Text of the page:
Ruqayya Yasmine Khan

(210) 999-8428

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Ruqayya Yasmine Khan is Associate Professor of Islamic Studies. Born in Pakistan, with her childhood in Kenya, Africa, she and her family moved to the US when she was a young girl. Dr. Khan received all her education on the East Coast. She undertook her graduate training at the University of Pennsylvania, where she received both her M.A. and Ph.D. She also has spent time studying at the American University of Cairo in Egypt. Prior to her arrival at Trinity University in 2003, Dr. Khan was a Visiting Asst. Professor first at Swarthmore College and then subsequently at the University of California, Santa Barbara.

In the Spring of 2009 Dr. Khan conducted major research in Bosnia and Herzegovina (BiH) as a Fulbright Fellow at the Faculty of Islamic Studies, University of Sarajevo. Dr. Khan teamed up with a Bosnian colleague there to design a survey assessing Muslim youth attitudes toward religion. They applied this instrument in a two-stage process, which generated raw data contained in over 1,000 student surveys from public schools in BiH’s capital city, Sarajevo. Dr. Khan and her Bosnian colleague are in the process of analyzing this data and publishing it.

Dr. Khan’s research interests include Arabic Literary Studies, Qur’anic Studies, Psychology of Religion, Progressive Islamic Theologies as well as Religion & Childhood. Her article, "'The Chambir of My Thought': Self and Conduct in a Ninth-Century Arabo-Islamic Ethical Treatise," was recently published in History of Religions (Aug., 2009 vol. 49, no.1), and her book Self and Secrecy in Early Islam was published in September, 2008 with the University of South Carolina Press (Studies in Comparative Religion, Frederick M. Denny, General Editor). Among the articles and book chapters she has published are the following: "'The Child on Loan': Childhood, Children and Adolescents in Islamic Studies," in Nurturing Child and Adolescent Spirituality: Perspectives from the World's Religious Traditions, November, 2005; "On the Significance of Secrecy in the Medieval Arabic Romances," Journal of Arabic Literature, January, 2001; “Sacrifice and Substitution in the Classical Arabic Love Story of al-Muraqqish al-Akbar," History of Religions, August, 1999.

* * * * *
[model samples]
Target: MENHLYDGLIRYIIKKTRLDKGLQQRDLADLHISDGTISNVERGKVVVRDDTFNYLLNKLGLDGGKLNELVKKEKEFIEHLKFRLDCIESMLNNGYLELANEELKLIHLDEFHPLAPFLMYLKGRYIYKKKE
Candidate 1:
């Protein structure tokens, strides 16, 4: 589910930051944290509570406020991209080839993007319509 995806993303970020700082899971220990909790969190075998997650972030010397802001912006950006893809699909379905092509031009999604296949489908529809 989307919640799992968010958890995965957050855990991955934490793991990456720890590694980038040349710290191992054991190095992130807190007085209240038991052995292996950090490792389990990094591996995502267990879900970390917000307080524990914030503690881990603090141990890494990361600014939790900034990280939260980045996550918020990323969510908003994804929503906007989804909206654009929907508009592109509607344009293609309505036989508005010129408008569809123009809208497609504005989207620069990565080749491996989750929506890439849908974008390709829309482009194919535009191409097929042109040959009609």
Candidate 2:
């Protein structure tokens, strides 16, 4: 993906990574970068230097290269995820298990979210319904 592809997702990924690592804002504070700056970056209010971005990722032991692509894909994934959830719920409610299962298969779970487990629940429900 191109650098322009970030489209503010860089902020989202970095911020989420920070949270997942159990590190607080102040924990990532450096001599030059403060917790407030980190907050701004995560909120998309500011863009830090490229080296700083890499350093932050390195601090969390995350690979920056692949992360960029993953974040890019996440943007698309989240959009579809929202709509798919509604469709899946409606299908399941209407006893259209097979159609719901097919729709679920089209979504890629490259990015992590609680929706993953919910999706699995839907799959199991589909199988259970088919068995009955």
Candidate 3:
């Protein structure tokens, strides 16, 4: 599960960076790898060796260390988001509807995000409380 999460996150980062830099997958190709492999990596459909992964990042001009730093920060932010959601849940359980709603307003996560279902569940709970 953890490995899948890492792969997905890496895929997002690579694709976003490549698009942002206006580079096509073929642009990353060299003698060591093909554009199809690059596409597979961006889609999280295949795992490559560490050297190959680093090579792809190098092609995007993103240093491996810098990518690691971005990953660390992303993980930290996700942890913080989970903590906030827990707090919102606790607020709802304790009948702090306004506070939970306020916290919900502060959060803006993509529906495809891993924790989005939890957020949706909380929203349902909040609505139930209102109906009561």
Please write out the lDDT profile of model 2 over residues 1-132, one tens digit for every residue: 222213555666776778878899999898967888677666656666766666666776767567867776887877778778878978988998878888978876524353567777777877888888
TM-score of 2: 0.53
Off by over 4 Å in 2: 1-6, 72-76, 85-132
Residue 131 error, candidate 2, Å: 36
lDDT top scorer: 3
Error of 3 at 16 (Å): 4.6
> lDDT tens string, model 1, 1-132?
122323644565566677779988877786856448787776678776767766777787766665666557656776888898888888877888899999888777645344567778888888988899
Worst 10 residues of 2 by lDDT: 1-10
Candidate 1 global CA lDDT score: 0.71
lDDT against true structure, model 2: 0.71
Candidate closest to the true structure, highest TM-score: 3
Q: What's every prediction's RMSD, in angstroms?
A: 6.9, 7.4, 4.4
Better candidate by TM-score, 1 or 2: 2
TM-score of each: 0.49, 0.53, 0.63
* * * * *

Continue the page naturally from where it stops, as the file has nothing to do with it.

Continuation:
At Trinity University, Dr. Khan has taught Religion and Childhood; Islam, Judaism and Christianity; The Islamic Tradition; Islamic Literatures; Women in Islam; The Qur'an.

Dr. Khan is a member of American Academy of Religion, and advisor for The Center for Spiritual Development in Childhood and Adolescence.